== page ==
Texas Tech vs. Kansas: Preview and Prediction
Here is everything you need to know about the Texas Tech Red Raiders and the Kansas Jayhawks in our Texas Tech vs. Iowa State preview.
3 p.m. Central Time, Saturday, Oct. 16, 2021, David Booth Kansas Memorial Stadium, Lawrence, Kansas
TV: ESPN+/Big 12 Now
Radio: Texas Tech: Texas Tech Sports Network; Kansas: Jayhawk Sports Network.
Records: Texas Tech: 4-2 (1-2 in Big 12); Kansas: 1-4 (0-2).
Ranking: Texas Tech: None; Kansas: None.
Last week: Texas Tech lost to TCU, 52-31; Kansas, bye.
Fun fact: Kansas and Texas Tech have played each other 22 times. Texas Tech is 20-2 in those meetings and has won 13 of the last 14 meetings. The two Kansas wins? An overtime win in Lubbock in 2001 and a victory in Lawrence in 2019. Up until 2019, the Jayhawks had not beaten the Red Raiders at home in 10 tries, dating back to 1966.
RB SaRodorick Thompson: With quarterback Tyler Shough out, the Red Raiders will make a bowl game on Thompson’s back. He has scored six touchdowns in the last four games and is coming off a 118-yard game against TCU in which he scored three times. In doing so, he’s rolling right up the Texas Tech all-time rushing leaderboard. He is the 10th Red Raider since 2000 to rush for at least three touchdowns in a game. With 29 career touchdowns, he’s tied for eighth in program history, alongside Red Raider legends Billy Taylor, Zebbie Lethridge and Byron Hanspard.
WR Kaylon Geiger: While Erik Ezukanma gets a lot of attention, as he should, Geiger is emerging as a great option for starting quarterback Henry Colombi. The senior transfer has 396 receiving yards, 385 of which has come in the last four games. He’s put together a pair of 100-yard outings — a six catch, 121-yard performance against FIU and five catches for 100 yards and a touchdown against Texas. He had a 75-yard touchdown reception in that game, the longest of his career. He’s built up enough of a reputation to siphon off some of the attention defenses pay to Ezukanma.
DB Eric Monroe: As injuries beset the Red Raiders secondary, they have to be happy with Monroe’s consistency so far this season. The senior has played in all six games for the Red Raiders this season and is third on the team in tackles with 30. He also has an interception, a pass break-up and quarterback hurry. Heaven forbid if the Red Raiders lose this guy for any length of time.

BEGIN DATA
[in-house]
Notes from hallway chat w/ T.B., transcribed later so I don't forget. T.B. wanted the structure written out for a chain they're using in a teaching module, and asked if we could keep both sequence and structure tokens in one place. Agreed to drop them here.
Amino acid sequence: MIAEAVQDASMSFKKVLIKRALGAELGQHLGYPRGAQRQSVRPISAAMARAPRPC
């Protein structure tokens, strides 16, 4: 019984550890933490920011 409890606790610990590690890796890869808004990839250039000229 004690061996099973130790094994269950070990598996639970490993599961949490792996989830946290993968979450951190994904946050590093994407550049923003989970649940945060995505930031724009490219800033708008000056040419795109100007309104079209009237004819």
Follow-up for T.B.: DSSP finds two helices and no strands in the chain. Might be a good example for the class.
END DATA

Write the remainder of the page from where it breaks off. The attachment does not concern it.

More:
QB Jason Bean: It’s Kansas, so not much has gone right this season. But, one decision that new head coach Lance Leipold did get right was making Bean his starter from Game 1. The North Texas transfer has thrown for 892 yards and five touchdowns (66-of-119 passing), while leading the Jayhawks in rushing with 289 yards and two touchdowns. Bean leading the Jayhawks in rushing probably isn’t ideal, but with the transfer of Velton Gardner, Kansas is still feeling out what their running game should look like. Expect Bean to continue to shoulder a heavy load offensively.
WR Trevor Wilson: Wilson was one of those players that followed Leipold from Buffalo, where he caught 16 catches for 319 yards and three touchdowns last season. Wilson has nearly matched that output in five games this season, as he has 15 receptions for 271 yards and a touchdown. His best game so far came against Duke, where he caught five passes for 122 yards. The good news is that Wilson is just a redshirt sophomore, so the receiving corps will be in good hands once Kwamie Lassiter moves on after this season.
LB Gavin Potter: Shouldn’t a Broken Bow, Oklahoma, native be playing for Oklahoma or Oklahoma State? If the pair failed to recruit Potter, he’s making them regret it. He is second in total tackles for Kansas with 36. As a freshman in 2019 Potter was an Honorable Mention All-Big 12 Defensive Freshman of the Year after recording 56 tackles and 1 1/2 sacks. He’s a perfect fit for the new scheme in Lawrence.
Here’s the thing you don’t want to hear when your defensive line is healthy and your opponent, in this case TCU, is down two starting guards — “we’re getting our butts whupped.” That’s what Texas Tech head coach Matt Wells told ESPN at halftime about how TCU’s run game was just gutting his defensive front. TCU racked up 394 yards and had two 100-yard rushers in that game, and one of them — Zach Evans – left at halftime. It was another example of just how utterly inconsistent Texas Tech has been now that Big 12 play has started. Texas and TCU completely dominated them offensively, while the Red Raiders eked out a close win at West Virginia. So WHO is this team? I’m not sure even Wells know right now.
Few were harboring any visions that Kansas would be more than it is right now, but that shouldn’t be the point of this season. The Jayhawks have been so bad for so long that it feels like background noise at this point. So, you look for little cracks of sunlight wherever you can find them. And there are a few. Bean’s stabilization of the quarterback position, an area Kansas has struggled with for several seasons. The quick integration and leadership of the Buffalo transfers that followed head coach Lance Leipold. The play of young rising stars like wide receiver Lawrence Arnold and defensive end Steven Parker. This season is all about building for 2022 and 2023 and making Kansas a place for recruits to come that may be ignored by schools like Oklahoma and Texas but could flourish in a system like the one Leipold is building.
Prediction: Texas Tech 37, Kansas 24
If Texas Tech is the team I think they are, they should win this game. If they’re not, then the Red Raiders have big issues — and Kansas could get a big upset.